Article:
Testimony concludes in Regal Beagle dram shop case; closing arguments Thursday
Jurors heard opening statements and testimony from both sides in the trial of a dram shop suit against a Godfrey tavern Wednesday in Madison County Circuit Court.
Plaintiff James "Jim" Ceja of Ottawa, Ill. is suing Regal Beagle Inc., the owners of Roper's Regal Beagle, for allegedly allowed a man to become intoxicated.
That man, Michael Whittman, then fought with Ceja and shattered the plaintiff's eye socket.
Ceja's suit is seeking more than $50,000 in damages including medical bills and lost wages.
Whittman, a co-defendant in the case, settled with Ceja earlier this year.
Whittman also pled guilty to criminal charges in connection with the February 2008 bar fight.
The bar has a counterclaim for set-off pending against Whittman.
Closing arguments in the case will begin at 9 a.m. Thursday.
The jury was sent home around 4 p.m. Wednesday.
Plaintiff's counsel Michael Glisson told jurors in his opening statement that his client had simply been enjoying a night out before beginning work on a six-week job when the fight happened.
"Jim wasn't looking for a fight," Glisson said.
Glisson said that while his client wasn't alleging that the bar actively helped start the fight, Glisson said his case would prove that it violated the state's Dram Shop Act and helped cause the injuries.
Dominique Seymoure, acting for the defense, told jurors that they would hear conflicting accounts from bar staff and the plaintiff's own witnesses about what actually happened the night of the fight.
Seymoure stressed that Whittman's level of intoxication was in dispute.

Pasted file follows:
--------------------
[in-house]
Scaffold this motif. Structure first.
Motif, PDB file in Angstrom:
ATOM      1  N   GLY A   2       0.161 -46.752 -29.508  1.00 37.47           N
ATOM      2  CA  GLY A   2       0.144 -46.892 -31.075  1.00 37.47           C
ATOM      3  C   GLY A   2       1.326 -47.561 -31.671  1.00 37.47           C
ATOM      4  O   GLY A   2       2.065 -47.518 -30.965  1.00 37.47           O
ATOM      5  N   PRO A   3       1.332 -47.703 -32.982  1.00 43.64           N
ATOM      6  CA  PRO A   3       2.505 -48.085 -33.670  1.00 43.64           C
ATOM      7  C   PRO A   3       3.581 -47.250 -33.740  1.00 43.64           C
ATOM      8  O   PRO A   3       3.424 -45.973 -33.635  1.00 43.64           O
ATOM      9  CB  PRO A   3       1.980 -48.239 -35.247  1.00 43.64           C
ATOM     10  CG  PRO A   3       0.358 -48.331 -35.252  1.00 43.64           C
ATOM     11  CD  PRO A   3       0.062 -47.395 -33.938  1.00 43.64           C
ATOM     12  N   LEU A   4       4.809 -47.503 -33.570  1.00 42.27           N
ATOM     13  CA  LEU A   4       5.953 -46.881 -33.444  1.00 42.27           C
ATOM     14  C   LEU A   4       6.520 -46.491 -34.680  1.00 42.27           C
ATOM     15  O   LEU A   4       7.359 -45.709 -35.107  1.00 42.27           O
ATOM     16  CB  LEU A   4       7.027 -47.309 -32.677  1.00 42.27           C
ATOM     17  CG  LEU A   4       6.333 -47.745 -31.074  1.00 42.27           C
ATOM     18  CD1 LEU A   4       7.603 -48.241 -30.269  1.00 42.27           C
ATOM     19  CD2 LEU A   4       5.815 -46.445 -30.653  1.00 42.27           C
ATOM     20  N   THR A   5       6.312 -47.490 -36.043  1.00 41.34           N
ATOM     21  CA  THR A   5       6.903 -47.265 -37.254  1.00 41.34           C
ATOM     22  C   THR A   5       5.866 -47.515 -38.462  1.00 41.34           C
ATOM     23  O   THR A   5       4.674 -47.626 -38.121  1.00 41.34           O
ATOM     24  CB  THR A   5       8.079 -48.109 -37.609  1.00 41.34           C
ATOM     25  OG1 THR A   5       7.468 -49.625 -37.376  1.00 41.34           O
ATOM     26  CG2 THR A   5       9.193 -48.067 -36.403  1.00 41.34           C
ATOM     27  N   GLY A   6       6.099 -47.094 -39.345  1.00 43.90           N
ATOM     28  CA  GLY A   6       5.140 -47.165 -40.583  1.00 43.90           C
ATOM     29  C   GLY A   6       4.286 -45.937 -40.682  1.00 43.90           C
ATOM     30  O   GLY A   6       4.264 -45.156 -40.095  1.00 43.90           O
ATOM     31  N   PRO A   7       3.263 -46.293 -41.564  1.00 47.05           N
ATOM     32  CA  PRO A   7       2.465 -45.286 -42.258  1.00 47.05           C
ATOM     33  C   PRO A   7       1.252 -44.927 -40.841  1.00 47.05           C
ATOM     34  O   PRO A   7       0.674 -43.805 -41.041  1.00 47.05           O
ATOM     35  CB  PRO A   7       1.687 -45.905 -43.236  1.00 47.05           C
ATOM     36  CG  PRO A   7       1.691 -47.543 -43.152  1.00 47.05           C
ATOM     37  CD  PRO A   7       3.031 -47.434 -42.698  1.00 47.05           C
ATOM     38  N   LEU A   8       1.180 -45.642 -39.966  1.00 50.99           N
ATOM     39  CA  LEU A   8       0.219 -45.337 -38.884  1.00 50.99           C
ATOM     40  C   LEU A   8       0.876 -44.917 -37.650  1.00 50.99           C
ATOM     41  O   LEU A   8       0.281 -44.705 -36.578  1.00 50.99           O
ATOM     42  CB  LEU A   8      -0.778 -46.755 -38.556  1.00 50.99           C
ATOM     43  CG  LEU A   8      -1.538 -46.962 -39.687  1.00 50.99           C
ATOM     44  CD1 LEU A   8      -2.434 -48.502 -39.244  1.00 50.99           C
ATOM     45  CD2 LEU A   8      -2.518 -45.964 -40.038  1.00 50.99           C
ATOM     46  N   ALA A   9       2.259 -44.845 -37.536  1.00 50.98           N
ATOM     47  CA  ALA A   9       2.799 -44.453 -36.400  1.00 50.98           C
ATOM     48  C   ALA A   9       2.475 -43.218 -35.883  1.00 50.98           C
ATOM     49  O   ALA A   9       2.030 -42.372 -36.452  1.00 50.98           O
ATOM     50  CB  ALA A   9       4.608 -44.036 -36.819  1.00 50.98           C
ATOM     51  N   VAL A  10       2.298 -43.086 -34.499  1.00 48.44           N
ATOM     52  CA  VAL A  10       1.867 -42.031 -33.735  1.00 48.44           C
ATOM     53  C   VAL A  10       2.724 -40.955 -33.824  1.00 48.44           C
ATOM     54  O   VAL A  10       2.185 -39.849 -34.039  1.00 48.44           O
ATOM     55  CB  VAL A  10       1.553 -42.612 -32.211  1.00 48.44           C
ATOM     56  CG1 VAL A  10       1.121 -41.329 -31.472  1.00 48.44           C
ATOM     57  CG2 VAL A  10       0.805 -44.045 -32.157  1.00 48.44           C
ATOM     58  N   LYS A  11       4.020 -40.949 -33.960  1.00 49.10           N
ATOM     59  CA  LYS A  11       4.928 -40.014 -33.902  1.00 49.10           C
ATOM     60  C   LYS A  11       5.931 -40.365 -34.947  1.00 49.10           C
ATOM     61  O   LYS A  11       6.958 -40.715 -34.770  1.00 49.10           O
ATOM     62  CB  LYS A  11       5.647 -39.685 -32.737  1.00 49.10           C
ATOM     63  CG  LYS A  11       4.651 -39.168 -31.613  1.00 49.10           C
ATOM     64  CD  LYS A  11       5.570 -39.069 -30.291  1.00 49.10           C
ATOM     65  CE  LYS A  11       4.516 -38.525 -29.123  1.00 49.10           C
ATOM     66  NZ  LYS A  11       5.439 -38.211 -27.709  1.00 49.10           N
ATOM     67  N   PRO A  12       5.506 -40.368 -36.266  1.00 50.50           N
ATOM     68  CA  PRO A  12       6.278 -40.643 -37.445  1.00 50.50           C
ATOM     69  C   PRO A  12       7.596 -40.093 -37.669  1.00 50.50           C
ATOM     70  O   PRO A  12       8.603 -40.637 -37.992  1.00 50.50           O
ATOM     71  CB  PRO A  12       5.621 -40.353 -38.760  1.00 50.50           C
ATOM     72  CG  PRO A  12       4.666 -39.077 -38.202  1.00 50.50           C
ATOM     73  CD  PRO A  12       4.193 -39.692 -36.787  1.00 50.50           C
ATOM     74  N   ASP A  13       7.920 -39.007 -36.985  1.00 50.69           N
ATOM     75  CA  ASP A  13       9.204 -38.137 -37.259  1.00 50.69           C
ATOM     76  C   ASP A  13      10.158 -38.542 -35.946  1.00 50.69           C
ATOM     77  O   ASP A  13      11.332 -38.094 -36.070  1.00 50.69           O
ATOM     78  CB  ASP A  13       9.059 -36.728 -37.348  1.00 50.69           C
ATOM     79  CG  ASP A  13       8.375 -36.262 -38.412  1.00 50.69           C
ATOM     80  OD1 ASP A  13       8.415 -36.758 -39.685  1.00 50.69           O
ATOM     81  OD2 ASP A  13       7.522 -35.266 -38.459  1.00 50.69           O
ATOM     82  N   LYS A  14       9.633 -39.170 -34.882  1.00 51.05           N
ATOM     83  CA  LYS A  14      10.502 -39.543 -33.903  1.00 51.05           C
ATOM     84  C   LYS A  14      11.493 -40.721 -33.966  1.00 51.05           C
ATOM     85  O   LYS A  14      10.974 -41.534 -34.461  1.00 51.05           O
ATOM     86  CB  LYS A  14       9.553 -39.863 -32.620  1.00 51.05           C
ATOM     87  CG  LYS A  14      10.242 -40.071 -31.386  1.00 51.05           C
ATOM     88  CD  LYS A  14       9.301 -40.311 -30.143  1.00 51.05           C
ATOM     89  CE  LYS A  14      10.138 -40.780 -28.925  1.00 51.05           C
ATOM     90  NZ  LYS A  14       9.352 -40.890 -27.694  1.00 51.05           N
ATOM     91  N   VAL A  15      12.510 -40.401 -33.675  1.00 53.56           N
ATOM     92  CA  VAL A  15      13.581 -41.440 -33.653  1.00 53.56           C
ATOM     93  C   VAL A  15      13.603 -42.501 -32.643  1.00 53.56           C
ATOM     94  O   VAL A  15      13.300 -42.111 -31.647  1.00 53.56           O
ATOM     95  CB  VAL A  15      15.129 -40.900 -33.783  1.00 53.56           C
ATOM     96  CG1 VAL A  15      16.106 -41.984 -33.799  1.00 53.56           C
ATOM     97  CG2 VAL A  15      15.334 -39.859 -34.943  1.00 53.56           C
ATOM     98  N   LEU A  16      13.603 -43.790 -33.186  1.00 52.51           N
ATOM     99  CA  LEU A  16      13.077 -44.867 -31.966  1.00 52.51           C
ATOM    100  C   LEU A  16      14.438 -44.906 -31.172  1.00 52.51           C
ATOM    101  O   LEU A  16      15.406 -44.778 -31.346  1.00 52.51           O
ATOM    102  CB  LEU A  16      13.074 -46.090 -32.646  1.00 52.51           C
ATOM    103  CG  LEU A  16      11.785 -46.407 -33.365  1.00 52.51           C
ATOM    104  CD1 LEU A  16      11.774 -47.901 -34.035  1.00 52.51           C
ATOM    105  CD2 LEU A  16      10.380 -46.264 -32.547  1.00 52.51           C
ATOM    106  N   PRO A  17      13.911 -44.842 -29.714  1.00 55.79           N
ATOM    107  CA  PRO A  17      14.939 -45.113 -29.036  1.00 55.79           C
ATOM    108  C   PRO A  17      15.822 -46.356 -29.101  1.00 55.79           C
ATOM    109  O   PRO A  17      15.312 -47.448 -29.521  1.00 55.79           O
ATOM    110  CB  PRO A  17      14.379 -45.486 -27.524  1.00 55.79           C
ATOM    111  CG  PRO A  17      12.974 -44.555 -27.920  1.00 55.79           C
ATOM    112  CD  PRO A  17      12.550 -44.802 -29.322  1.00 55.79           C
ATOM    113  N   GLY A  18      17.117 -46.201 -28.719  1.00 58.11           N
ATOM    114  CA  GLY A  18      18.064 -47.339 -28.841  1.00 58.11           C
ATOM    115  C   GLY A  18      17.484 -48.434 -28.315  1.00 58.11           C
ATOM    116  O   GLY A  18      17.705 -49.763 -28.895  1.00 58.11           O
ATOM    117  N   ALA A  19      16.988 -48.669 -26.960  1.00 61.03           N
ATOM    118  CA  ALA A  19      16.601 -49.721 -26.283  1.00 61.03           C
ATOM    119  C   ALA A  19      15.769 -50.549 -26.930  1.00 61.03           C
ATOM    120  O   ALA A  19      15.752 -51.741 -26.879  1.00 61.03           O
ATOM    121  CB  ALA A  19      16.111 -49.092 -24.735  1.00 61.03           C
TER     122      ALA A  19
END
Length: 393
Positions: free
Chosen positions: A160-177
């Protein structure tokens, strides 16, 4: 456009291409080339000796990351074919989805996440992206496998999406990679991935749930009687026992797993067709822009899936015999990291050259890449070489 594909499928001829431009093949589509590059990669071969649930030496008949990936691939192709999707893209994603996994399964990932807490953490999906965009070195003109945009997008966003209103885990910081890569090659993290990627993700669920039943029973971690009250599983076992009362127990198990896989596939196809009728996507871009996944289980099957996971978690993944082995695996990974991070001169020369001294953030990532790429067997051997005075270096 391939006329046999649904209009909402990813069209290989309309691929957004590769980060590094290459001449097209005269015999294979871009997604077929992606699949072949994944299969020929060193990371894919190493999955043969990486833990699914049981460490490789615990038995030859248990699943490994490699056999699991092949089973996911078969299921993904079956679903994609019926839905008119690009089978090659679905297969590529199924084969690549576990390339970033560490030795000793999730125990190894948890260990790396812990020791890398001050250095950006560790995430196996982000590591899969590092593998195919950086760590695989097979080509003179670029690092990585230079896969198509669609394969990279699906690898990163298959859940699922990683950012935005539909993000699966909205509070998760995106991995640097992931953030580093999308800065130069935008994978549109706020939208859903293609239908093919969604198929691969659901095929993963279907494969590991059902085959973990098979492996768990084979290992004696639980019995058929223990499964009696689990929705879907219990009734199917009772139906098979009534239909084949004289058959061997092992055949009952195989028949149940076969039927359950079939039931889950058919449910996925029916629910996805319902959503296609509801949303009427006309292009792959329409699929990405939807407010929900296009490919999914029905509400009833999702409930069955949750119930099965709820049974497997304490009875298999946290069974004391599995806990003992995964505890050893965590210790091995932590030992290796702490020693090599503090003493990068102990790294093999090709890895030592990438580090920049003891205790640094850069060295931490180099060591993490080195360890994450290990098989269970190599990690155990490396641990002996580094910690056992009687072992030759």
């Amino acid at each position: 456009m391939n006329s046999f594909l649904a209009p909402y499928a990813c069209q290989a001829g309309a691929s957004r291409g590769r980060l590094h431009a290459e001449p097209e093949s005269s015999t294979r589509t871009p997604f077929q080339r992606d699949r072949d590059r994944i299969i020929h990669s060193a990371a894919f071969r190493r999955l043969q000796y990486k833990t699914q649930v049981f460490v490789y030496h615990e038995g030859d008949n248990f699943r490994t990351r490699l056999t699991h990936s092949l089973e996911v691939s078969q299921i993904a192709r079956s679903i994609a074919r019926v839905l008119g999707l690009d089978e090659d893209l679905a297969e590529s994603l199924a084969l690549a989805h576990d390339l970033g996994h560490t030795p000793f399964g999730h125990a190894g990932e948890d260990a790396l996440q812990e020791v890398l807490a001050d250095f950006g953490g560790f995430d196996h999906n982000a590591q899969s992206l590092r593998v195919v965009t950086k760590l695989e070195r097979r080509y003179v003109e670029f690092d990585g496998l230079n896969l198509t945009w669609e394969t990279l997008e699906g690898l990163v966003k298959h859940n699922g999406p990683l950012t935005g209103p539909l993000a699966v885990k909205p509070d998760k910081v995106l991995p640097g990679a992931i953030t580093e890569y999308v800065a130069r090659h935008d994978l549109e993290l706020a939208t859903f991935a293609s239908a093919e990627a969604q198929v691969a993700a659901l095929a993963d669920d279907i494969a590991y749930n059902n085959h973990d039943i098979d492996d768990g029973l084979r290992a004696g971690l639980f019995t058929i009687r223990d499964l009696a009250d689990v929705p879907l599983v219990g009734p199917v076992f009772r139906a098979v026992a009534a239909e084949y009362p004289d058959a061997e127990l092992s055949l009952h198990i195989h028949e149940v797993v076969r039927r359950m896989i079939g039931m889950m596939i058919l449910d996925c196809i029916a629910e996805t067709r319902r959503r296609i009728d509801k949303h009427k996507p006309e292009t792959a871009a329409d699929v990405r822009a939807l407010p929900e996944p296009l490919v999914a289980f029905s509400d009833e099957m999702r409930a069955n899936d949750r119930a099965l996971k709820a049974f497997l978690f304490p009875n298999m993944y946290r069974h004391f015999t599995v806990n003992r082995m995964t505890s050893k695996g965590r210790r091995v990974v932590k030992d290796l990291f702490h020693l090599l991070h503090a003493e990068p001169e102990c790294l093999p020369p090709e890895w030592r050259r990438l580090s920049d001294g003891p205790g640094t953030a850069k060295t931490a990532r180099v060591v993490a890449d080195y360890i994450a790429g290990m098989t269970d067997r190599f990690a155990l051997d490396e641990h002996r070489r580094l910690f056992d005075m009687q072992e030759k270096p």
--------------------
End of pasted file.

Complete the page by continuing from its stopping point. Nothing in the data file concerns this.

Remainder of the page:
"This case is not as cut and dried as the plaintiff would have you believe," Seymoure said. "It's not simply that he was intoxicated and the intoxication was the cause."
Robert Tribble Jr., a friend of Ceja's who intervened in the fight, testified first in the plaintiff's case Wednesday morning via video deposition.
Tribble said that Ceja had tried to calm Whittman before the initial fight began outside the bar and that after Tribble pulled Ceja off Whittman, he believed the fight was over.
Tribble testified that Ceja did not see Whittman's heaviest blow coming.
The witness admitted Ceja had been drinking prior to coming to the Regal Beagle and at the bar.
He also admitted that he and the plaintiff did not wait for police to arrive on the scene after the fight and that he did not take Ceja to the hospital himself because he did not think the plaintiff's injuries were serious.
Jurors were set to hear more testimony in the plaintiff's case after the mid-morning break.
Ceja's testimony wrapped up the plaintiff's case.
He testified that he had not gone to the bar for any other reason than to have a "good time."
"I think everything got out of hand," Ceja said. "It kind of caught me off guard because I was having fun. And if I hadn't been drinking, I would have kept my eye on him and he wouldn't have blindsided me."
The plaintiff told jurors that the fight escalated as Whittman called him a "scab" and other names.
In presenting its case, Regal Beagle called two witnesses, the bartender on duty that night and Scott Roper, the tavern's owner.
The bartender, Becky Powers, testified that Ceja was drunk but that she did not observe the same signs in Whittman, an acquaintance.
She testified that she did not see the fight but that Ceja and his party had been "hooting and hollering" throughout the evening.
The trial will continue Thursday.
Glisson represents Ceja.
Seymoure represents Regal Beagle Inc.
Madison County Circuit Judge David Hylla presides.
The case is Madison case number 08-L-1159.